Human Entry Vehicle (HEV)
The UNSC Marines' orbital insertion pod, the HEV, is more technically known as an SOEIV (Single Occupant Exo-atmospheric Insertion Vehicle). It's a rocket-propelled drop capsule vehicle designed to maximize the number of troops to successfully make stealth incursions into enemy territory from orbit. It is, however, a hazardous ride to the surface: it's common knowledge beyond even the Marines that volunteer for service in the ODST outfit that during all drop operations, a certain percentage are unlikely to make it down alive. They are a fiercely loyal and committed group; admired by many in the UNSC. HEV pods are assigned to individual ODSTs, and each pod is individually named for its occupant.
If a traditional troop-deployment method was used where landing zone intelligence was either lacking (or was in known hostile territory), a single dropship, such as a Pelican, could take enemy fire and all troops could be lost in one shot. With the HEVs, ODSTs can deploy to the surface in numbers equal to a traditional drop method, yet enhance their chances of success by presenting an enemy with multiple small targets rather than one larger one.
HEV pods are mounted in special slanted alcoves on board specially equipped UNSC ships. The ship's computer is responsible for determining launch trajectory, initial deploy velocity, etc. The HEV is released from clamps that hold it above its launch chute. The main hatch of the HEV unlatches and slides upwards. When latched, it is hermetically sealed to contain occupant atmosphere, and keep the hazardous outside atmosphere and temperatures out.
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The HEV occupant compartment can house one soldier, and has compartments for weapons, ammunition, and survival provisions for a 2-week period. When a ship disengages an HEV, it is not simply dropped, but is rather accelerated out of its launch chute and is propelled safely away from the ship.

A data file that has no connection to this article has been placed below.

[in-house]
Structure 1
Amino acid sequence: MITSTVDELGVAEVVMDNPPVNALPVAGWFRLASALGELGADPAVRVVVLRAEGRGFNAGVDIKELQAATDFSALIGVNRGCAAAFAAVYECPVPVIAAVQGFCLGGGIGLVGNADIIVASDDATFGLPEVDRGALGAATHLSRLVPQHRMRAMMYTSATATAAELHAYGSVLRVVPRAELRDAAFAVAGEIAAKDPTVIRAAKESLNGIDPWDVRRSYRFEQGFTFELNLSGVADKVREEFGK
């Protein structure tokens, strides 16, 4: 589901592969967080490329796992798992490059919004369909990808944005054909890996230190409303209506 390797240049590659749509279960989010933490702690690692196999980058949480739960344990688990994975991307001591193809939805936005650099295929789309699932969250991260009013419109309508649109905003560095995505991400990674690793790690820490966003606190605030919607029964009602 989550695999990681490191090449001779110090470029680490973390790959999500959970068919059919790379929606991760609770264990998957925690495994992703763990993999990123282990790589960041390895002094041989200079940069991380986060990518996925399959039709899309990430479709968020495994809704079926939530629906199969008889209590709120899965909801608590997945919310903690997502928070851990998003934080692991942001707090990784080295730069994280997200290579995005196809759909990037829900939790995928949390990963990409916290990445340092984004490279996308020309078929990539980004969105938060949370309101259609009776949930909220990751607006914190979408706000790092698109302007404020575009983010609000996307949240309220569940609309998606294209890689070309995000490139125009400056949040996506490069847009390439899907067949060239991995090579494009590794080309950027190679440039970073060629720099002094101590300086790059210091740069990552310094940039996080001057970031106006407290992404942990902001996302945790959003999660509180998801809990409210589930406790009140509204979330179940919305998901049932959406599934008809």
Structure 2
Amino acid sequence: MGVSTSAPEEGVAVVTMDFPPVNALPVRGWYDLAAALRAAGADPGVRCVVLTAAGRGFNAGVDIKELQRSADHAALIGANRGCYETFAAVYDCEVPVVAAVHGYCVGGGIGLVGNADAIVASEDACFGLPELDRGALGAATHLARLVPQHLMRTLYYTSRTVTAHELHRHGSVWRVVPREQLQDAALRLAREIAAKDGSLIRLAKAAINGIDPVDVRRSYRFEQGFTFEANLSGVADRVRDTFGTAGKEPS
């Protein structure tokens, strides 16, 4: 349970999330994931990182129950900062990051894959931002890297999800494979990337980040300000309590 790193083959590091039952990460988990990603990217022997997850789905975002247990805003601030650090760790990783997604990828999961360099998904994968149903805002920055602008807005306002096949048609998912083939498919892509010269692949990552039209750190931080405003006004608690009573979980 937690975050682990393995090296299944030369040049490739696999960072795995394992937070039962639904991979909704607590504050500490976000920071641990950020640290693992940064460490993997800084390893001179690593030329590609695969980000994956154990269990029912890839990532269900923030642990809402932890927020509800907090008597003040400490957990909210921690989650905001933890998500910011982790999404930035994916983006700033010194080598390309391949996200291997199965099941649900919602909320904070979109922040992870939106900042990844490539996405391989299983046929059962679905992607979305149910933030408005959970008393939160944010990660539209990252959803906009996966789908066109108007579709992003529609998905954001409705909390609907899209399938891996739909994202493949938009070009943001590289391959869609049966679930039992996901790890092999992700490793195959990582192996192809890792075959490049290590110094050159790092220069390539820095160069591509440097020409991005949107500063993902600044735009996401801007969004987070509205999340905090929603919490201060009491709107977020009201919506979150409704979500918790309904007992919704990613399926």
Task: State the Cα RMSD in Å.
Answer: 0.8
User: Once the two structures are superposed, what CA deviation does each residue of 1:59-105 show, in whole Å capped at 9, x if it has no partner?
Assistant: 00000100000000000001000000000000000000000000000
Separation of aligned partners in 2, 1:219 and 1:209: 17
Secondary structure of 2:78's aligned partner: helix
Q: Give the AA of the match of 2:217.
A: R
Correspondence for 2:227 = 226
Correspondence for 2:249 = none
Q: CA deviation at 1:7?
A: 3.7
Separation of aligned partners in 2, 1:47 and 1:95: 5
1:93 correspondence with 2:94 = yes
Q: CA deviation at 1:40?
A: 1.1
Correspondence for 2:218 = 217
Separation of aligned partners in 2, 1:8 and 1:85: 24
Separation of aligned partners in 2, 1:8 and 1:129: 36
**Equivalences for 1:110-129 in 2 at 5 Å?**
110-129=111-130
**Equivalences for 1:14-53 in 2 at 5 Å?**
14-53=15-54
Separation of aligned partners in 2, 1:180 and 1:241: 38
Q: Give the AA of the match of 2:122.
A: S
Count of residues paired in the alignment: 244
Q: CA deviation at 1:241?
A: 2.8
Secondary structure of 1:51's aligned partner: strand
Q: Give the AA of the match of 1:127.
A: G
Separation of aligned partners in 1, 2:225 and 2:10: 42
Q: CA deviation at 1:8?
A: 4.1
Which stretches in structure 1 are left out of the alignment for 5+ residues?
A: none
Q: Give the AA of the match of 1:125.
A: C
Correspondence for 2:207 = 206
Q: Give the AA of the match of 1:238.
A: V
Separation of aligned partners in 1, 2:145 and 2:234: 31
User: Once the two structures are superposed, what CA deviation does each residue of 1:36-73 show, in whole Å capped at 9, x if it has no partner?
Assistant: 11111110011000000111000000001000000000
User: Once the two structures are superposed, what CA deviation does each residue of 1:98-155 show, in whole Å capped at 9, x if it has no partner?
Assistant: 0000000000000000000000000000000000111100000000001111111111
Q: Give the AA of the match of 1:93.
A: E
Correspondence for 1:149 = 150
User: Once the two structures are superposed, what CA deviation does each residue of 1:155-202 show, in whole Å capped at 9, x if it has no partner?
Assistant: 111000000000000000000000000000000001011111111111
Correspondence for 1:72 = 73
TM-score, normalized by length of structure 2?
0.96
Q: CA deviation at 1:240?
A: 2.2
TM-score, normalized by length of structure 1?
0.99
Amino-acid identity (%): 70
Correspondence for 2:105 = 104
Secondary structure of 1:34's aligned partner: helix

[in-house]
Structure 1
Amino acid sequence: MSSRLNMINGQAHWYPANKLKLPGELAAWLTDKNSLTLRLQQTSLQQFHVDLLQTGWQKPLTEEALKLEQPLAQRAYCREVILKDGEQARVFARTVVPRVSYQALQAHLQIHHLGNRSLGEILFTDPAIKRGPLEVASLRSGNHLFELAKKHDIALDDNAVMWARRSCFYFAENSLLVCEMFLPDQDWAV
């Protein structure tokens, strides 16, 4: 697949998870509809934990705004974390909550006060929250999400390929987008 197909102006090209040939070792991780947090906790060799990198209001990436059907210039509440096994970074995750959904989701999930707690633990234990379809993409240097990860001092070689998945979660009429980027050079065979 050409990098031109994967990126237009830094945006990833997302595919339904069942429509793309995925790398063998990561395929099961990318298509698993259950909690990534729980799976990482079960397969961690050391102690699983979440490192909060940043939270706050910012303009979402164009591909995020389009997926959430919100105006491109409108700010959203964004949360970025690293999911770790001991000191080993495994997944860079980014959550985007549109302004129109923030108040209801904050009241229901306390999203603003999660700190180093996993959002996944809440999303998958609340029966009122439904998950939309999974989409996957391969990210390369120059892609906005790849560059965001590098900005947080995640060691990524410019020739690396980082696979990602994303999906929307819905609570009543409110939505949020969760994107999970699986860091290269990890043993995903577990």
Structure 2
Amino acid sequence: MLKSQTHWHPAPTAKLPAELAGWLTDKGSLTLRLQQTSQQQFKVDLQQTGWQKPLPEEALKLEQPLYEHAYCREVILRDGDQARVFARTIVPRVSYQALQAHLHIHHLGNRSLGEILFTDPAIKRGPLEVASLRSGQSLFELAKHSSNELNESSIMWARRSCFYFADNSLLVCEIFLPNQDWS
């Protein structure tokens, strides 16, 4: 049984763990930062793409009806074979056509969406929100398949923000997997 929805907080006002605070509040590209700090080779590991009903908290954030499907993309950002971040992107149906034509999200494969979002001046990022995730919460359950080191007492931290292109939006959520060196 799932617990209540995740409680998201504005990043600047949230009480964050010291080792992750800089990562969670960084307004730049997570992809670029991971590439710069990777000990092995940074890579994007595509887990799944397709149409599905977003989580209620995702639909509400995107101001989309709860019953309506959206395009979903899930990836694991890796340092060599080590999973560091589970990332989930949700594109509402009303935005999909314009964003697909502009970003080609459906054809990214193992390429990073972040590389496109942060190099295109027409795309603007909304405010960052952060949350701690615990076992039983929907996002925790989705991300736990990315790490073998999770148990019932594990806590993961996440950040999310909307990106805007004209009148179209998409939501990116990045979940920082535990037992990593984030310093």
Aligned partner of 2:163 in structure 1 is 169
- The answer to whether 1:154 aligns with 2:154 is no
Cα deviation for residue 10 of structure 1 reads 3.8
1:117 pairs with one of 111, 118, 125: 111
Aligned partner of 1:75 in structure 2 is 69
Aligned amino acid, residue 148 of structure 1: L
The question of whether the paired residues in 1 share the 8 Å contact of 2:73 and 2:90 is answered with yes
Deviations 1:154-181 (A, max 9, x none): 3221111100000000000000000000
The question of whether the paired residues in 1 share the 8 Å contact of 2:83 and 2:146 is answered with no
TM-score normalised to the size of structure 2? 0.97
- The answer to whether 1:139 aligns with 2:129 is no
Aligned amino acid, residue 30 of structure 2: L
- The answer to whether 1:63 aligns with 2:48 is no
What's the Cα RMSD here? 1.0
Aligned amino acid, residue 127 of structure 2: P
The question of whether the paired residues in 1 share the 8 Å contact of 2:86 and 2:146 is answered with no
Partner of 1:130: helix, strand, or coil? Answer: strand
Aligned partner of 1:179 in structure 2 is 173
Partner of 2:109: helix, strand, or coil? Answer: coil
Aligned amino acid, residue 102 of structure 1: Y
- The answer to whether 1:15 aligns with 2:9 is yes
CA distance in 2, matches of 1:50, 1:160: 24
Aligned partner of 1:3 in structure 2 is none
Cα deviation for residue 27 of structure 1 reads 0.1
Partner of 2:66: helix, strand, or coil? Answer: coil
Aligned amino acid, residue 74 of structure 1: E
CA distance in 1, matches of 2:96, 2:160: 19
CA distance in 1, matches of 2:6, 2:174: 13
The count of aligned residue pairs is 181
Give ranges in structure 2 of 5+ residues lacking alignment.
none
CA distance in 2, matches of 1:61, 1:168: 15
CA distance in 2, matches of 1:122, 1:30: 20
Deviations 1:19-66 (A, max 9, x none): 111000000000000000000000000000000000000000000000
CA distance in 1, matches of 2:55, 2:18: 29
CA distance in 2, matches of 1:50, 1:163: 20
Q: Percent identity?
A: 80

After the pod leaves the vicinity of its ship, it is in freefall towards a planet's surface. The bottom of the HEV is covered in an ablative ceramic skin, more protective than the ceramic skin around the remainder of the vehicle. The pod's crew compartment, during its burn through the atmosphere, can reach as high as 37°C (98°F); enough to be mildly uncomfortable to the already suited-up ODST.
Part of the pod's deceleration is initially reliant on the inertial drag caused by the air of the planet. After the vehicle has slowed sufficiently, a braking chute is deployed on a strong tether a few meters above the pod. It's made of the same metals and ceramics as the rest of the pod. It's not meant to be a parachute to slow the vehicle significantly, but rather as a way of stabilizing the pod during its decent so the retro-thrusters can fire at the proper angle to slow the craft.
The HEV pod contains an onboard computer. The platoon commander's HEV is specially equipped with a UNSC AI construct to assist with tactical decisions and landing coordination with the other pods in the drop. At almost the same time as the drag chute deploys, powerful retro-thrusters ignite below the HEV to cause significant deceleration. This is the last such measure the pod utilizes before actual impact with the planet's soil. As soon as the retro-thrusters fire and begin to accelerate the pod, the drag chute is automatically detached from the pod. The thrusters slow the HEV to the point where impact would not be overly harmful to the occupant. Once the pod is on the surface, explosive bolts blast the formerly hermetically sealed hatch away from the pod, allowing the soldier to commence ground operations.